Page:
Others fought pilots - the so-called "night witches", as the Germans christened them. These were young women, confined to a separate regiment, who controlled such small biplanes. They turned off their engines and planned over the German trenches, dropped bombs, turned on the engines again and immediately flew away.
There were also a certain number of women - in fact very small - who served in tanks.
But in Stalingrad there were no female snipers. I am afraid that the film “The Enemy at the Gates”, from which it follows that women worked as snipers, as in the case of Rachel Weiss, simply does not correspond to reality.
Female snipers appeared later. The first sniper school for women was organized in February 1943, just after the Battle of Stalingrad. And then there were a large number of female snipers who actually served on many fronts.
RS: You are not annoyed by how mass culture in recent years has appropriated Stalingrad, for example, films like “The Enemy at the Gates”, or the extremely popular computer game “Call of Duty“, the creators of which claim to have done everything possible to recreate the situation on the battlefield in Stalingrad? Do you think they distort the public perception of that battle? Or maybe they at least encourage interest in the subject ...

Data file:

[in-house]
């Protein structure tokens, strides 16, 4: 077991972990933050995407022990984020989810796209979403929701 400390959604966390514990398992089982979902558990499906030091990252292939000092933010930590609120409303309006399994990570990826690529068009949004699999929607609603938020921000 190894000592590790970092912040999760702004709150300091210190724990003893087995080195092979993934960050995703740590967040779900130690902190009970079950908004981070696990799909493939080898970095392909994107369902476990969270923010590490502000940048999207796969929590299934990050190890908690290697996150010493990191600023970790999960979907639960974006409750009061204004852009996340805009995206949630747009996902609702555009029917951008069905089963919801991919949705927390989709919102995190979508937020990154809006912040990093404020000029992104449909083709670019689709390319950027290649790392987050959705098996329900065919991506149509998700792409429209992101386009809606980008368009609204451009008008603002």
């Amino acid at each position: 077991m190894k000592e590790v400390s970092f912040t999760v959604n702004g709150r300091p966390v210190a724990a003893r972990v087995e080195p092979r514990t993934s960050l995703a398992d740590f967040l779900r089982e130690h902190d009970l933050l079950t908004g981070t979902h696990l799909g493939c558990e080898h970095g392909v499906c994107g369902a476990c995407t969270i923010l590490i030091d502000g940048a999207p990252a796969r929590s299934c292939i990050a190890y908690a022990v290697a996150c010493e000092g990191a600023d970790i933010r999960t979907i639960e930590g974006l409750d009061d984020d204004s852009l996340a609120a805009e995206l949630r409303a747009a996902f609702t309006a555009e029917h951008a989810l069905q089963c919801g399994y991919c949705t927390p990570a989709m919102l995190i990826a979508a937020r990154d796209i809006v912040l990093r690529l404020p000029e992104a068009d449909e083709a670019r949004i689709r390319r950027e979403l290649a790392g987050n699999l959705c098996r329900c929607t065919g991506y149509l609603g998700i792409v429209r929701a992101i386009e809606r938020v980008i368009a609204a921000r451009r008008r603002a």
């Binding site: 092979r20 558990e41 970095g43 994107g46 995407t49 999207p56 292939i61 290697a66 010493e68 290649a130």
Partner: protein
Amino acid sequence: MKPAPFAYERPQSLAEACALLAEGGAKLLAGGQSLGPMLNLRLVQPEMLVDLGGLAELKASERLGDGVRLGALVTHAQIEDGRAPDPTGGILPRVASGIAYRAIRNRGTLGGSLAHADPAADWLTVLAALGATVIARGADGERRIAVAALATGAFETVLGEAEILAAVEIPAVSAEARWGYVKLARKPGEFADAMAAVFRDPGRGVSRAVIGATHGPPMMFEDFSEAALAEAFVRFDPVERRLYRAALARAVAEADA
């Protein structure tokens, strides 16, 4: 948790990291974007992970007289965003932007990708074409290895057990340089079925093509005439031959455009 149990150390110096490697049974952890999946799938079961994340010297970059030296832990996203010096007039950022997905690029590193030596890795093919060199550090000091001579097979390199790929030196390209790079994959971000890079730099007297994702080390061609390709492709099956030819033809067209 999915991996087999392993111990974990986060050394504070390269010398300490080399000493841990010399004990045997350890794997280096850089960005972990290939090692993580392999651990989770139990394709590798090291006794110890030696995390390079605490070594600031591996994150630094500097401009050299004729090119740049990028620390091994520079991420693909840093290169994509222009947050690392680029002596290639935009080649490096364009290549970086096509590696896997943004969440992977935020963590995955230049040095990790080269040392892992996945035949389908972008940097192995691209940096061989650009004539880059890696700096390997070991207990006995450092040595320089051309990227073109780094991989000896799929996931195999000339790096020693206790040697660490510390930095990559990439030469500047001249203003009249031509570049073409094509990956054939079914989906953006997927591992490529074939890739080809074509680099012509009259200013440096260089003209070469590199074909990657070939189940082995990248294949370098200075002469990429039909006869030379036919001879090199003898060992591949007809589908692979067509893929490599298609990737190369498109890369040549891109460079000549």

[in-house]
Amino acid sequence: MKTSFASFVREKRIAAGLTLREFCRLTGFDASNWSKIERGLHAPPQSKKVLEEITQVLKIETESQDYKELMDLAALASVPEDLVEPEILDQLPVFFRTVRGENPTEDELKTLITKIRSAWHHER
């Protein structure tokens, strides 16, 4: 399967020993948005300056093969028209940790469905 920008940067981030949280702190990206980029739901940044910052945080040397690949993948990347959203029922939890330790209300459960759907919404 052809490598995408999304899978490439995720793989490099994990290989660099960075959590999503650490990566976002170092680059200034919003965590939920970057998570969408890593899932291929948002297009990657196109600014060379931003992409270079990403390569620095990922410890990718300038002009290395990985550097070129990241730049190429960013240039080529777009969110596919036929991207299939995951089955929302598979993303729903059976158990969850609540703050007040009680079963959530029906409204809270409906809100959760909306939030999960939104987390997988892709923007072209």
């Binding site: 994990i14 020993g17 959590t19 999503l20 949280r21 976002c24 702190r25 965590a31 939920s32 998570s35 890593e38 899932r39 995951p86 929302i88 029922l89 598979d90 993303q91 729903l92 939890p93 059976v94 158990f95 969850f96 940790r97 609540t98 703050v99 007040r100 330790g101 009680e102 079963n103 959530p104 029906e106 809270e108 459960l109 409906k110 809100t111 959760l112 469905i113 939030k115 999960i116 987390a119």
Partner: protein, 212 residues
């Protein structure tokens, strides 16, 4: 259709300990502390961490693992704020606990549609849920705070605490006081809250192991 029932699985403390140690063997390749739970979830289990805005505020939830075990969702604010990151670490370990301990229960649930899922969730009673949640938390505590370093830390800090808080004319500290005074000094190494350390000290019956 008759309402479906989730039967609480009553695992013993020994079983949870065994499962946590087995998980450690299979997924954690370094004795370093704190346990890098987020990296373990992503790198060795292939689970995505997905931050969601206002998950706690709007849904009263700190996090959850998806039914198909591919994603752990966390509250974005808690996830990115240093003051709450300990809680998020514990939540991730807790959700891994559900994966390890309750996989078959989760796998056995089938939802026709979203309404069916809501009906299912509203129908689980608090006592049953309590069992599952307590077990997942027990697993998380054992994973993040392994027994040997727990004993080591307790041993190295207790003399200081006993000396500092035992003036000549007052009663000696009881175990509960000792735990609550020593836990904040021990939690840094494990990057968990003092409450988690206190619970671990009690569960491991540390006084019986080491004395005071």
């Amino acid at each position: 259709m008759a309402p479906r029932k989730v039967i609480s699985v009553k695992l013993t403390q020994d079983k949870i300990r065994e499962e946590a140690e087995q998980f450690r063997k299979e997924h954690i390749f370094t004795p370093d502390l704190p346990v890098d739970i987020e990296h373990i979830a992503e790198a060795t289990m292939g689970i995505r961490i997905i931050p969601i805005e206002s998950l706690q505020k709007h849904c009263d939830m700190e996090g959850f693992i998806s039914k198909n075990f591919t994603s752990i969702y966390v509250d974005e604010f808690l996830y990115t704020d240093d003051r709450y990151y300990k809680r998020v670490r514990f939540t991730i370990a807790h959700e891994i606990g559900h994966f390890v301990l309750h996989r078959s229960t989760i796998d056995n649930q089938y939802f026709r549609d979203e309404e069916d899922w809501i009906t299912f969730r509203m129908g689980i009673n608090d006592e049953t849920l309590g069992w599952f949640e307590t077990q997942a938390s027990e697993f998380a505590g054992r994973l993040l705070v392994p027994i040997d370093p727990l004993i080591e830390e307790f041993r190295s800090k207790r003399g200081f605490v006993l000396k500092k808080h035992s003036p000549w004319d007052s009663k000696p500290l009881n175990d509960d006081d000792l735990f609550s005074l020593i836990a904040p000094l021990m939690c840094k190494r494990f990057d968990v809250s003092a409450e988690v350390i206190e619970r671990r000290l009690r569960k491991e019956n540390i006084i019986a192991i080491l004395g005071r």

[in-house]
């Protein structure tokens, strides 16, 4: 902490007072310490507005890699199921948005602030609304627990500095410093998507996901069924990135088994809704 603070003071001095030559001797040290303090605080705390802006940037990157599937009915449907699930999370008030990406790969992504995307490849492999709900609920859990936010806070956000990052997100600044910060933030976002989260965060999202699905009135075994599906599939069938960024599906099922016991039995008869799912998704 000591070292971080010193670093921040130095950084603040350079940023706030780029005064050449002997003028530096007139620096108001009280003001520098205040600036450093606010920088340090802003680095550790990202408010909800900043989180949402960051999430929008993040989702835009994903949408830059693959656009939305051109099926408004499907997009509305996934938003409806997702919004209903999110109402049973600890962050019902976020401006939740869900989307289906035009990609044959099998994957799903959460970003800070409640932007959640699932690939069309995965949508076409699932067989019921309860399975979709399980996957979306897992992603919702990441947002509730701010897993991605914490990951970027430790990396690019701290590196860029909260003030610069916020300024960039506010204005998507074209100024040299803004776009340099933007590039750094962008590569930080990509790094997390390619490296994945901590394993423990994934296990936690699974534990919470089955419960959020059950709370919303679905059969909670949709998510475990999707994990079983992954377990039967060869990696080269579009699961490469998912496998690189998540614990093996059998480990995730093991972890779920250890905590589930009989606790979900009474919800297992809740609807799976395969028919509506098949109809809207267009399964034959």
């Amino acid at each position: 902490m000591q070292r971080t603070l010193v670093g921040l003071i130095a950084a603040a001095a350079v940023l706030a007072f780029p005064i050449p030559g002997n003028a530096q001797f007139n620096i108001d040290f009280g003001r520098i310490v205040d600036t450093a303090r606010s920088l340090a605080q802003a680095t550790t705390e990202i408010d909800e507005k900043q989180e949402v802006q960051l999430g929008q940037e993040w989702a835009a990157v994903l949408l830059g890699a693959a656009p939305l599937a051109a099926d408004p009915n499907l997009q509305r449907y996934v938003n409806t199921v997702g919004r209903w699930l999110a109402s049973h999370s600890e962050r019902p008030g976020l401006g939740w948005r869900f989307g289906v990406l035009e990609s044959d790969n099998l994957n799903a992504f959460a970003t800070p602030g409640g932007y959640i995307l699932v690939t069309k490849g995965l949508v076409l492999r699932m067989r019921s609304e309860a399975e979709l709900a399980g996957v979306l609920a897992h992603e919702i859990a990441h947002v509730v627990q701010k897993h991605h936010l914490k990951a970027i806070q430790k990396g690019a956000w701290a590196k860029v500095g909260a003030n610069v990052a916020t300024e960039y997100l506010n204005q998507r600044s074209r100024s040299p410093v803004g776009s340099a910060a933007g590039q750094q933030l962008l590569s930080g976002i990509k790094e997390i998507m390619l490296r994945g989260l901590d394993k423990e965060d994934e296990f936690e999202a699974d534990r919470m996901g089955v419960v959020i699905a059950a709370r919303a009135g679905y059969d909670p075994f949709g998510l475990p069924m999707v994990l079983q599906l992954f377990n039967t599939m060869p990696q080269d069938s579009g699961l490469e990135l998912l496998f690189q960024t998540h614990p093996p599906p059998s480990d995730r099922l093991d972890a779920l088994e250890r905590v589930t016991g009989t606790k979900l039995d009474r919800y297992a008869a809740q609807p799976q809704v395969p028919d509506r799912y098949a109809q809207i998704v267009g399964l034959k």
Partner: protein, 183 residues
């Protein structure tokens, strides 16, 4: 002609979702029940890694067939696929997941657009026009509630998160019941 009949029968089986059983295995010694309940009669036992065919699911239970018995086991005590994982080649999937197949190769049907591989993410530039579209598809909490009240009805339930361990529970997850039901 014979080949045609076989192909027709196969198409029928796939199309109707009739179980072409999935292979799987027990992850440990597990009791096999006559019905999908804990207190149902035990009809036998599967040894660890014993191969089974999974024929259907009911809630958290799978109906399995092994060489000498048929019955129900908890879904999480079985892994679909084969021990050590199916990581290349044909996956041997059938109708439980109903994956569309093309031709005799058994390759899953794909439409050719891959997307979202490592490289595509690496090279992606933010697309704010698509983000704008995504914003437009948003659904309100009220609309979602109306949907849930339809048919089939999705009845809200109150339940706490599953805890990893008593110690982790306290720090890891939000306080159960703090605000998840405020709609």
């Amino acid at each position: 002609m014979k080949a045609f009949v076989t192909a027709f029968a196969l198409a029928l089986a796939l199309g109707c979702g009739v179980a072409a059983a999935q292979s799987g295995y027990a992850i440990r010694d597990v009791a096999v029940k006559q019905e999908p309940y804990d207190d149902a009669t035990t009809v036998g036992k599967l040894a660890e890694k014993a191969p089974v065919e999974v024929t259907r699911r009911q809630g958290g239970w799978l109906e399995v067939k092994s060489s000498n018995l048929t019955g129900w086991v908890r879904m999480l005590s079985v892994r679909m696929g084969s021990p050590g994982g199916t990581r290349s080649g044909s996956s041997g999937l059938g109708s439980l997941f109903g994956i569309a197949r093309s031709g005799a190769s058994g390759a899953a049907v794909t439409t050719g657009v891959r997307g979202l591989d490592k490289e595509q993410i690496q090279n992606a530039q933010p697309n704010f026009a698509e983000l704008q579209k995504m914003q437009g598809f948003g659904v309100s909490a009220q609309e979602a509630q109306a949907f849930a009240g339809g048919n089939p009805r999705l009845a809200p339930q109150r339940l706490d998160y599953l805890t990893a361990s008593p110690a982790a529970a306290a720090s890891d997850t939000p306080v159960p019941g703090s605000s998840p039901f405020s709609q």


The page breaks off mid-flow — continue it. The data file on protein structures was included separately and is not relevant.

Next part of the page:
Beevor: Well, I think Stalingrad has become a very significant symbol. I do not like to use the word "cult", but its element is present, in part because it was one of the most desperate battles with street fighting in the very center of the city. It seems to me that it attracts with its cinematic potential, and with regard to popular culture, with this whole theme, snipers and the like.